The following is an excerpt from GRETCHEN REYNOLDS | February 18, 2016 | Nytimes.com |
Editors’ note: Be mindful that this article is from early 2016, but know that your mindfulness helps your mind and body.
The benefits of mindfulness meditation, increasingly popular in recent years, are supposed to be many: reduced stress and risk for various diseases, improved well-being, a rewired brain. But the experimental bases to support these claims have been few. Supporters of the practice have relied on very small samples of unrepresentative subjects, like isolated Buddhist monks who spend hours meditating every day, or on studies that generally were not randomized and did not include placebo control groups.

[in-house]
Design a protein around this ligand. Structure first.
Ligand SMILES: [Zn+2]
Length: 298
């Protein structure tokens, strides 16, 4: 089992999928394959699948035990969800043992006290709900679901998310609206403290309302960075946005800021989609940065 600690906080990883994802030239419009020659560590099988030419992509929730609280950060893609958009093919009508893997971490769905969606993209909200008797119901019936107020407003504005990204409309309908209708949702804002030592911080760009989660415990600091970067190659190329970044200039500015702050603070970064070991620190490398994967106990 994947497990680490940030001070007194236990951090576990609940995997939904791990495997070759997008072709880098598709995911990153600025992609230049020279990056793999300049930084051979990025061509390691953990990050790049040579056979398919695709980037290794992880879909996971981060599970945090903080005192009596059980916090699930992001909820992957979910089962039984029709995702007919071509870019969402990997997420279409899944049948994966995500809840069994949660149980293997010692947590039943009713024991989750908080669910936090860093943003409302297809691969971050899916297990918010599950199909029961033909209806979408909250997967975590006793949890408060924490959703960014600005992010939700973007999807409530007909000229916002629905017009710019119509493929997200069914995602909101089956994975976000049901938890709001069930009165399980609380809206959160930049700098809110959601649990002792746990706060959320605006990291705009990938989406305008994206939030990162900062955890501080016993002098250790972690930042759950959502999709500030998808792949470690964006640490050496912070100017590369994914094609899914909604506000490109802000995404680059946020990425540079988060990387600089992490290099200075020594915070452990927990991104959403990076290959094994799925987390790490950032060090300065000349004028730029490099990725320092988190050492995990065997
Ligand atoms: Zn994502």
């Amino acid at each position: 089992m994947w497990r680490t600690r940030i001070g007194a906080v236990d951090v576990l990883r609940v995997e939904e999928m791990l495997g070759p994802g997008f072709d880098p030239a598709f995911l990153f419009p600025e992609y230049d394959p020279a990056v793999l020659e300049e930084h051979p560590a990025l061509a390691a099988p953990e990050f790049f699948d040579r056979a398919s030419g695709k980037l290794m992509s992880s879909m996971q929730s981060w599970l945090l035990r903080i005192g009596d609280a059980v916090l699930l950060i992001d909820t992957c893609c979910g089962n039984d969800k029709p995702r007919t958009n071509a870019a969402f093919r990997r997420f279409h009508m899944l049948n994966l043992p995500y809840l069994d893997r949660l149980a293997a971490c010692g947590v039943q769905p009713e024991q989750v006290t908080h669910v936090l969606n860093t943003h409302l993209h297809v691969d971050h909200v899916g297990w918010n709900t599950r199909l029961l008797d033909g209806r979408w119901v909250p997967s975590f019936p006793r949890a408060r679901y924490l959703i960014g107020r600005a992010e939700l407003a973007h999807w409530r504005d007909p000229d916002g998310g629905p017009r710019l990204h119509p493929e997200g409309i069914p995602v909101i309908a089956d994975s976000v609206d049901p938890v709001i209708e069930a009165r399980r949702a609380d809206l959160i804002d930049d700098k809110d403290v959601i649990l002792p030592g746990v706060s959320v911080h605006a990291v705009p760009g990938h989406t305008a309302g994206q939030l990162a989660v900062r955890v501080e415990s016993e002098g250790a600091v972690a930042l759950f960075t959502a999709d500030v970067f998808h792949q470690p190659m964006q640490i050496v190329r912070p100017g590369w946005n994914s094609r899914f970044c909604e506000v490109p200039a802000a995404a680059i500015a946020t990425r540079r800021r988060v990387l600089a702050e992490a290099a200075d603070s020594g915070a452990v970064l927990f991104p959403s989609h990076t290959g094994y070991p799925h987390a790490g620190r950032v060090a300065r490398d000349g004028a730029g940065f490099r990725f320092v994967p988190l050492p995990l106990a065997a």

This month, however, a study published in Biological Psychiatry brings scientific thoroughness to mindfulness meditation and for the first time shows that, unlike a placebo, it can change the brains of ordinary people and potentially improve their health.
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